Why Creatives Deserve to be Paid Fairly

Why Creatives Deserve to be Paid Fairly

Glance around what you can see of your house. Now close your eyes. Imagine the same walls, but dull, drab and unbroken by decoration. Imagine your bookshelves empty aside from important documents. Imagine your furniture is practical but uninteresting and uninspiring. Any little figures or statues you might collect have vanished and your dishes and silverware are probably plain and undecorated.

This is the world without art.

We all take for granted how much art impacts our world. While necessity is the mother of invention, creativity inspired both the internal and external design of your house. It designed your sheets, your furniture, probably the mug out of which you drink your coffee, and many other things in addition to the art you have hanging around your house. Even photography is a form of creativity.

Yet we live in a society that systematically demeans and degrades the people who create the things we put on display. Young artists, writers and musicians are constantly abused for refusing to work for free, told that exposure should be enough to satisfy them, as if the work they do isn’t really important. But the cold, hard facts are that exposure doesn’t put food on the table, and there are lots of things that businesses require that couldn’t be created without the skill of a creative at some point (adds need art and music, for example).

For obvious reasons, my opinions on this matter are strong. Some people who read this might get angry, especially if they’ve had this discussion with me in person. But I hope those people will be able to read these words and understand where they come from. It’s frustrating, and horribly disheartening to read a new article every week about authors in a specific genre or geographic location who are paid pennies for their work. It’s disgusting how frequently an artists mentions on social media receiving messages demanding that they offer their services to a business or a fan for free.

The problem goes beyond the jerks sending those messages. It’s deeper than that. Agents, and even other authors, regularly comment that authors shouldn’t quit their day job. That real authors have other revenue streams. As if the idea that something which takes such a gross amount of time, energy and effort (such as writing a novel) should result in a living wage is laughable. But we don’t expect agents, editors or publishers to have other revenue streams – and the publishing industry would have a hard time existing if people didn’t regularly create work to be published!

And this isn’t the only backwards way of thinking that has twisted its way into societal norms. I can’t count the number of times I’ve heard there’s no money in that. (If I had a nickel for every time someone said that to me or one of my friends, I’d be a rich woman indeed.) I can see where this statement might come from good intentions. If your child wants to take up a career in the arts, you might worry about how they’re going to put food on the table. But if you’ve ever discouraged an artist from their craft (be it art, music, writing, design or anything requiring creativity and passion), then you are contributing to the problem.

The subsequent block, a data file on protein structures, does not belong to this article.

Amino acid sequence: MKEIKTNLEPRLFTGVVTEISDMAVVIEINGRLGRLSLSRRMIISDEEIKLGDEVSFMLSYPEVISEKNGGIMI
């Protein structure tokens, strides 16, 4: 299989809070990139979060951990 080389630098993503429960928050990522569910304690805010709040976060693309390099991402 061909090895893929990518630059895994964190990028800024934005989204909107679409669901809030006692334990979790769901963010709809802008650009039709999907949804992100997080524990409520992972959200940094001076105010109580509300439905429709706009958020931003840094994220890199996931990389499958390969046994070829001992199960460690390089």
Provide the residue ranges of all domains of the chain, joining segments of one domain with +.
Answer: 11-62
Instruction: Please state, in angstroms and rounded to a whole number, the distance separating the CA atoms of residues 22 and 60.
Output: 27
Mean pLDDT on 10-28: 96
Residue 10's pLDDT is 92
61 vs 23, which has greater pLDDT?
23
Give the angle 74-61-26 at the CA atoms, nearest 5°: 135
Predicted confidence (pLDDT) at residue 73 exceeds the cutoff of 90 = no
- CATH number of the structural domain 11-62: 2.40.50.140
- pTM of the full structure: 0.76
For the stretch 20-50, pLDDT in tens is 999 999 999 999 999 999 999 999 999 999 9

Art is a skilled labor. Whether you go to school for it or not (and lots of people do), it takes years to learn to draw at a professional level, years to learn how to polish a novel to the point where it’s worth adorning a bookshelf, and years to learn how to compose music that makes you want to listen to it again and again. We often talk about professions deserving to be ‘paid for their degree,’ but no one applies that to art or theater majors. I actually avoided going to school for creative writing because I couldn’t figure out what I could do with the degree other than teach – which I didn’t want to do. I ended up in an IT program because IT could make me money – and so it did while my husband was in teacher’s college and couldn’t work.

But I refuse to believe that writing, art and music should be confined to ‘hobbies.’ Writing is not my hobby. Writing is not something I do in my spare time. Writer defines me. It’s what I am, and it’s what I do. And I have spent years studying, practicing and honing my craft. I am not asking that someone throw money at my face for nothing. All I want is a fair wage for the work I’ve done. All any artist wants is to be treated with respect and dignity, to earn fair compensation for the skilled work they have put into a project.

The modern world cries foul when we suggest that Vincent Van Gogh should have had access to medication because it may have robbed the world of his masterpieces. People say this as if we would be depriving the world of something sacred. But these same people tell modern artists to work for exposure or to build their portfolio. These same people tell artists and writers their work isn’t worth money even though a business wants to use it for something. And sadly, many cultures have a long history of relegating their greatest artists to poverty and shame while they lived; we learned that at a special exhibit about the Ming Dynasty in Edinburgh.

So the next time someone tells you that they’re thinking about going into a creative field or pursuing a creative passion, stop and think before you comment on their future path. Encourage that artist, that writer, that musician, that thespian, that designer. If you want to caution them that it’s going to take a lot of hard work, fine; it takes hard work to become a doctor, nurse or teacher too. But we don’t tell people not to do it. We don’t tell them that they have to choose a more secure, more socially acceptable position because, apparently, money is the sole measure of a person’s achievements and worth.

It’s high time we start valuing the artists as much as we value their art.

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